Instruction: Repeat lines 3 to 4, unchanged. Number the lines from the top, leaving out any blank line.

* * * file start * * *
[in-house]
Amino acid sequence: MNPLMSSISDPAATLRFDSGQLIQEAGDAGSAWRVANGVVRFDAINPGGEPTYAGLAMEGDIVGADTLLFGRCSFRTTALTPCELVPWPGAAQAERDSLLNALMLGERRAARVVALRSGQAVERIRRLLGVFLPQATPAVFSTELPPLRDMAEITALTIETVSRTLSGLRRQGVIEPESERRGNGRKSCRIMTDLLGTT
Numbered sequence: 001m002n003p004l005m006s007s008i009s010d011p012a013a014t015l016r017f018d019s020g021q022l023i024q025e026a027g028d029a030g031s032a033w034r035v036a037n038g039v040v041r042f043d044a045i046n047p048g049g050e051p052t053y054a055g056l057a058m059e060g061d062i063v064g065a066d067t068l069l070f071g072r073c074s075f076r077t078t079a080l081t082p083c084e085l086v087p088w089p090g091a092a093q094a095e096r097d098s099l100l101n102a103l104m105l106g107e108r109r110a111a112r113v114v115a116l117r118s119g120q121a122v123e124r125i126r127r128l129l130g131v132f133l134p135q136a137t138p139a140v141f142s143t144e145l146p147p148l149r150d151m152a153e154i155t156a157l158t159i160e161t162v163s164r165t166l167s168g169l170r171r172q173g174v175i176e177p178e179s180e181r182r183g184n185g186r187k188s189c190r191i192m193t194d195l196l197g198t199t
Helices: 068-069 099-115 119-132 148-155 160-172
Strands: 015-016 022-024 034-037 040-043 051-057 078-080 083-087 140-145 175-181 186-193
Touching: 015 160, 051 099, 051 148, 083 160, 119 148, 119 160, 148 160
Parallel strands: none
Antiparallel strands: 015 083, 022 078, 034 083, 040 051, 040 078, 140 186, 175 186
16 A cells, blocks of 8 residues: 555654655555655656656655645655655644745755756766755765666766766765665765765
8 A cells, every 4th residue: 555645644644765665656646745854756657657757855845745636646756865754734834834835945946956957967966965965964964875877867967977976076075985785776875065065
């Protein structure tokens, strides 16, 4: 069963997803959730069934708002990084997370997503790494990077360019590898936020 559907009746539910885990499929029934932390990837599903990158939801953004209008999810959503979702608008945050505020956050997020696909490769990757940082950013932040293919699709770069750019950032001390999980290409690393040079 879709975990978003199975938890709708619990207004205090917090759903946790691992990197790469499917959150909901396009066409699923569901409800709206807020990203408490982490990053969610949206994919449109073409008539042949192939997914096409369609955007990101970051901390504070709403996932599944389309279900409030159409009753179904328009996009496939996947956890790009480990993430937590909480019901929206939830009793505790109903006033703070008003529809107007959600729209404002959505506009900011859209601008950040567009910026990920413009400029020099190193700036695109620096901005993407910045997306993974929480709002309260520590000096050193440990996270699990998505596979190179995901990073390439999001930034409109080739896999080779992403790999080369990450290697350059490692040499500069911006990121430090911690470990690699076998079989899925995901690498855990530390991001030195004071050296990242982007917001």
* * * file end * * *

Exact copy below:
Numbered sequence: 001m002n003p004l005m006s007s008i009s010d011p012a013a014t015l016r017f018d019s020g021q022l023i024q025e026a027g028d029a030g031s032a033w034r035v036a037n038g039v040v041r042f043d044a045i046n047p048g049g050e051p052t053y054a055g056l057a058m059e060g061d062i063v064g065a066d067t068l069l070f071g072r073c074s075f076r077t078t079a080l081t082p083c084e085l086v087p088w089p090g091a092a093q094a095e096r097d098s099l100l101n102a103l104m105l106g107e108r109r110a111a112r113v114v115a116l117r118s119g120q121a122v123e124r125i126r127r128l129l130g131v132f133l134p135q136a137t138p139a140v141f142s143t144e145l146p147p148l149r150d151m152a153e154i155t156a157l158t159i160e161t162v163s164r165t166l167s168g169l170r171r172q173g174v175i176e177p178e179s180e181r182r183g184n185g186r187k188s189c190r191i192m193t194d195l196l197g198t199t
Helices: 068-069 099-115 119-132 148-155 160-172